Speaking in very general terms, the law of England and Wales allows for the recovery of payments made by mistake. See, for example, Virgo, The Principles of the Law of Restitution (2015) at p 157:
A claim to recover money mistakenly paid by the claimaint to the defendant is often regarded as the paradigm example of a restitutionary claim founded on the unjust enrichment principle. In such a case there is clearly an enrichment at the claimant's expense and, at least where the reason for the claimant making the payment arose from a mistaken belief that he or she was liable to pay the money to the defendant, there is a clear justification for restoring the value of the money to the claimant, since the claimant's intention to make the payment can readily be treated as vitiated by the mistake.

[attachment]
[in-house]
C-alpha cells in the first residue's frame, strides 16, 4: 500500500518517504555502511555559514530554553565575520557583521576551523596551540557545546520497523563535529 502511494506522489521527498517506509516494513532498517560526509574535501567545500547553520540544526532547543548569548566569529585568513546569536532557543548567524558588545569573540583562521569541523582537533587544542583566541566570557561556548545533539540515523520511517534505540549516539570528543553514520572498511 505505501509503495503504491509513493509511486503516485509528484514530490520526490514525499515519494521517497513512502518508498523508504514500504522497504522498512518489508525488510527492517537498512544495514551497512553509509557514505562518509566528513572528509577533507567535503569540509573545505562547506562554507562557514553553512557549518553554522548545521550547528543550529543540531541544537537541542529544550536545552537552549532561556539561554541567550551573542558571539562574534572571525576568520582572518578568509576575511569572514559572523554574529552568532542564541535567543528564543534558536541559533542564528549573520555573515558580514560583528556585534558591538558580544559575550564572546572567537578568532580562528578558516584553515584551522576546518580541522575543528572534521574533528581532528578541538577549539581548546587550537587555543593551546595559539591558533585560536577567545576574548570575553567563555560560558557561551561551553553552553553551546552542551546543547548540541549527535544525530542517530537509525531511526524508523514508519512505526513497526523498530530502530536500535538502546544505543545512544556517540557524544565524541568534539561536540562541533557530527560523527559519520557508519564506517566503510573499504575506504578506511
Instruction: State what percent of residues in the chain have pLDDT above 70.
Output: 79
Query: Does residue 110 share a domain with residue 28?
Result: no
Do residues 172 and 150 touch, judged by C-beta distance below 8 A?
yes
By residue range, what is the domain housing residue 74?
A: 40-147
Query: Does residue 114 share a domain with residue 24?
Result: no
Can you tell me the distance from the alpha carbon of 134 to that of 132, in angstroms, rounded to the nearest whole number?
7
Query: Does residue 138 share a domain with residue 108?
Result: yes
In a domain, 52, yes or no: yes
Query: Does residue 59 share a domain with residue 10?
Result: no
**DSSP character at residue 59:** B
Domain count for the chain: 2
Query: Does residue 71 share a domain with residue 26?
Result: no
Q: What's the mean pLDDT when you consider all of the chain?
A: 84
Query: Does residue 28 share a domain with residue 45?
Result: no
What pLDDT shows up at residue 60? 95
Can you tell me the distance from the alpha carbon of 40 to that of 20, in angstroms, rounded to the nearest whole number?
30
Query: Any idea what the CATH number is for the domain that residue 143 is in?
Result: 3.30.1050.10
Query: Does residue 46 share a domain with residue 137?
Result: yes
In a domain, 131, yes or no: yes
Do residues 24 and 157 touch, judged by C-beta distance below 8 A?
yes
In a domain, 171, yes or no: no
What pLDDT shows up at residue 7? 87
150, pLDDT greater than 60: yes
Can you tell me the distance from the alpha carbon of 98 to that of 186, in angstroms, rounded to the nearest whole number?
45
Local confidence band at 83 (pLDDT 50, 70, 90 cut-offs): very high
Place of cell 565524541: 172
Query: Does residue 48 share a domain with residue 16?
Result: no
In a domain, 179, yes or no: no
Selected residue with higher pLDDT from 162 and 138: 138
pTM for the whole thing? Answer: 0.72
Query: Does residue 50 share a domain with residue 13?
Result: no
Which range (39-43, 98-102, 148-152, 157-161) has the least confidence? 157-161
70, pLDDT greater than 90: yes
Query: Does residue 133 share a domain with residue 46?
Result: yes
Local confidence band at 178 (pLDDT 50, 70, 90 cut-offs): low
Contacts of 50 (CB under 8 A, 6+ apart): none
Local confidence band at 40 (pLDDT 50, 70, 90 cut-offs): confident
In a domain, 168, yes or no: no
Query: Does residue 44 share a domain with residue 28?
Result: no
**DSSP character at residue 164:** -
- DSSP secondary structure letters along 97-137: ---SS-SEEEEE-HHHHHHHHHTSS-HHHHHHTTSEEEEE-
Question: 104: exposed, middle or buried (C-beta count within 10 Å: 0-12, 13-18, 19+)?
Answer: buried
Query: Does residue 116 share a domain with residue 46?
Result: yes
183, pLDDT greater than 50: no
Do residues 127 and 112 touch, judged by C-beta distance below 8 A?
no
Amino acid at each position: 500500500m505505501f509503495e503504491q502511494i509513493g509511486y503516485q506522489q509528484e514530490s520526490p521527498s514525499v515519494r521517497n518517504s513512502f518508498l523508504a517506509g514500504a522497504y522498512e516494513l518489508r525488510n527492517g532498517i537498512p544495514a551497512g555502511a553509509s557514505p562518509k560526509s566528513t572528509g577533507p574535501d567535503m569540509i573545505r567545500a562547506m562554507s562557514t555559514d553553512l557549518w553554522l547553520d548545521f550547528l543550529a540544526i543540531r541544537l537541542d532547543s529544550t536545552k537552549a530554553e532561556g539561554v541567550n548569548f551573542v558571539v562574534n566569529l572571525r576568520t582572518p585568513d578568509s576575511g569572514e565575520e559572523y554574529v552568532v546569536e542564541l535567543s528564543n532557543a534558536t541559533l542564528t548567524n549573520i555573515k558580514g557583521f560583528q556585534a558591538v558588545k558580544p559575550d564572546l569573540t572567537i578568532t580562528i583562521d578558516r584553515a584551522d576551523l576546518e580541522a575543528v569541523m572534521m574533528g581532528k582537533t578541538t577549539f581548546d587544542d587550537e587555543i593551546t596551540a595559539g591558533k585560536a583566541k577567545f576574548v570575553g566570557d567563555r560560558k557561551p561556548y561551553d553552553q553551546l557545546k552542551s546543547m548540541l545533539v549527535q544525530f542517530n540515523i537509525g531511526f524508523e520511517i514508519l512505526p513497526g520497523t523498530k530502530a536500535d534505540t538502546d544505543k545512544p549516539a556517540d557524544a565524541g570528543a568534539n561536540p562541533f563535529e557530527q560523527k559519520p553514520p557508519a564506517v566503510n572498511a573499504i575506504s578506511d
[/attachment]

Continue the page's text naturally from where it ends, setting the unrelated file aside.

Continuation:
Further information is freely available in the Wikipedia article on Barclays Bank Ltd v W J Simms, Son and Cooke (Southern) Ltd  1 QB 677. Although the basic principle is simple, the concept of "mistake" contains a lot of complexity, and there are various defences available to a claim in unjust enrichment, such as change of position. This is particularly relevant if the mistake is not brought promptly to the payee's attention.
Therefore, the question "can the person keep the repayment?" cannot be answered definitively. However, to a first approximation, the answer is "no."